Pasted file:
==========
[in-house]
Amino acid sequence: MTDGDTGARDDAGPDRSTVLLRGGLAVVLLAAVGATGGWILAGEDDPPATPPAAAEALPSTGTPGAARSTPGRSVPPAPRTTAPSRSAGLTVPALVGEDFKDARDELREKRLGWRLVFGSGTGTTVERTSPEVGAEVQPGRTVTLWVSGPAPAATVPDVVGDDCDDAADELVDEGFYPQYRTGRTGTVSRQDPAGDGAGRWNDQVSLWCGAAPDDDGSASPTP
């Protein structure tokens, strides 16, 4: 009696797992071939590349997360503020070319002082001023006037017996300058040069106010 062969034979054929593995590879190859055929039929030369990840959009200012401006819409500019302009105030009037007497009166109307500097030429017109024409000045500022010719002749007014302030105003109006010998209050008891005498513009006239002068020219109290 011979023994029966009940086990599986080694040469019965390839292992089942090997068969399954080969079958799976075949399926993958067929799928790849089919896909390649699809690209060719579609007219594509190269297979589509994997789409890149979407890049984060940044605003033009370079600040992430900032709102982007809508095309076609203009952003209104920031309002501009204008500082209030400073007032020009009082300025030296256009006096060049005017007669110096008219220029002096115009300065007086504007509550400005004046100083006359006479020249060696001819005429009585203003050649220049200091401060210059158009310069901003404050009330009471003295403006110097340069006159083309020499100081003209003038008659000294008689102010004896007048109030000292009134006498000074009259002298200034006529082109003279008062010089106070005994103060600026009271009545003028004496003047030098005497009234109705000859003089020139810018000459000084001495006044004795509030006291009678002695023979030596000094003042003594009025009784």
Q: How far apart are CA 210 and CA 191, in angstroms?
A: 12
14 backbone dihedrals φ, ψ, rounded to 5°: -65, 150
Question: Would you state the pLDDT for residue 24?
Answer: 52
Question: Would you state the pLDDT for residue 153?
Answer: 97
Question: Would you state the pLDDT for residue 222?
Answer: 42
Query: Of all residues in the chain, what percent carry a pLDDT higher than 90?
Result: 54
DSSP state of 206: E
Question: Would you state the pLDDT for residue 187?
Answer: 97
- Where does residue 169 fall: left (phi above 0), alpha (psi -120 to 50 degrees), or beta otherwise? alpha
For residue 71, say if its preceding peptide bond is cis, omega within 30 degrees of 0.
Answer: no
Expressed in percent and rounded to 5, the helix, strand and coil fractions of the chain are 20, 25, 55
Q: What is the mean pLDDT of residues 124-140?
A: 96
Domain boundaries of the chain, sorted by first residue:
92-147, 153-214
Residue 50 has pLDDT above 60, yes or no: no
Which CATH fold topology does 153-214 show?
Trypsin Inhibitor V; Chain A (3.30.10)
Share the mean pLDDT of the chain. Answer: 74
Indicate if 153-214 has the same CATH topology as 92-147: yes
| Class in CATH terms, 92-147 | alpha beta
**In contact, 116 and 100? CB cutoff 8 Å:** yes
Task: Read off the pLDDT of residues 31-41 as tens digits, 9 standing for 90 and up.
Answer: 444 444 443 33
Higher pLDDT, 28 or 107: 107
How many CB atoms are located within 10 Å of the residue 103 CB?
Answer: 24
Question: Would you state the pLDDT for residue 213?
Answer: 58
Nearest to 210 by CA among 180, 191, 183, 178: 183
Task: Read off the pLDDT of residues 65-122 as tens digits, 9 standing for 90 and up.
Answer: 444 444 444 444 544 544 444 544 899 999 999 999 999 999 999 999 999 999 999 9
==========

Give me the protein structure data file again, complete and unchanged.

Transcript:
[in-house]
Amino acid sequence: MTDGDTGARDDAGPDRSTVLLRGGLAVVLLAAVGATGGWILAGEDDPPATPPAAAEALPSTGTPGAARSTPGRSVPPAPRTTAPSRSAGLTVPALVGEDFKDARDELREKRLGWRLVFGSGTGTTVERTSPEVGAEVQPGRTVTLWVSGPAPAATVPDVVGDDCDDAADELVDEGFYPQYRTGRTGTVSRQDPAGDGAGRWNDQVSLWCGAAPDDDGSASPTP
């Protein structure tokens, strides 16, 4: 009696797992071939590349997360503020070319002082001023006037017996300058040069106010 062969034979054929593995590879190859055929039929030369990840959009200012401006819409500019302009105030009037007497009166109307500097030429017109024409000045500022010719002749007014302030105003109006010998209050008891005498513009006239002068020219109290 011979023994029966009940086990599986080694040469019965390839292992089942090997068969399954080969079958799976075949399926993958067929799928790849089919896909390649699809690209060719579609007219594509190269297979589509994997789409890149979407890049984060940044605003033009370079600040992430900032709102982007809508095309076609203009952003209104920031309002501009204008500082209030400073007032020009009082300025030296256009006096060049005017007669110096008219220029002096115009300065007086504007509550400005004046100083006359006479020249060696001819005429009585203003050649220049200091401060210059158009310069901003404050009330009471003295403006110097340069006159083309020499100081003209003038008659000294008689102010004896007048109030000292009134006498000074009259002298200034006529082109003279008062010089106070005994103060600026009271009545003028004496003047030098005497009234109705000859003089020139810018000459000084001495006044004795509030006291009678002695023979030596000094003042003594009025009784």
Q: How far apart are CA 210 and CA 191, in angstroms?
A: 12
14 backbone dihedrals φ, ψ, rounded to 5°: -65, 150
Question: Would you state the pLDDT for residue 24?
Answer: 52
Question: Would you state the pLDDT for residue 153?
Answer: 97
Question: Would you state the pLDDT for residue 222?
Answer: 42
Query: Of all residues in the chain, what percent carry a pLDDT higher than 90?
Result: 54
DSSP state of 206: E
Question: Would you state the pLDDT for residue 187?
Answer: 97
- Where does residue 169 fall: left (phi above 0), alpha (psi -120 to 50 degrees), or beta otherwise? alpha
For residue 71, say if its preceding peptide bond is cis, omega within 30 degrees of 0.
Answer: no
Expressed in percent and rounded to 5, the helix, strand and coil fractions of the chain are 20, 25, 55
Q: What is the mean pLDDT of residues 124-140?
A: 96
Domain boundaries of the chain, sorted by first residue:
92-147, 153-214
Residue 50 has pLDDT above 60, yes or no: no
Which CATH fold topology does 153-214 show?
Trypsin Inhibitor V; Chain A (3.30.10)
Share the mean pLDDT of the chain. Answer: 74
Indicate if 153-214 has the same CATH topology as 92-147: yes
| Class in CATH terms, 92-147 | alpha beta
**In contact, 116 and 100? CB cutoff 8 Å:** yes
Task: Read off the pLDDT of residues 31-41 as tens digits, 9 standing for 90 and up.
Answer: 444 444 443 33
Higher pLDDT, 28 or 107: 107
How many CB atoms are located within 10 Å of the residue 103 CB?
Answer: 24
Question: Would you state the pLDDT for residue 213?
Answer: 58
Nearest to 210 by CA among 180, 191, 183, 178: 183
Task: Read off the pLDDT of residues 65-122 as tens digits, 9 standing for 90 and up.
Answer: 444 444 444 444 544 544 444 544 899 999 999 999 999 999 999 999 999 999 999 9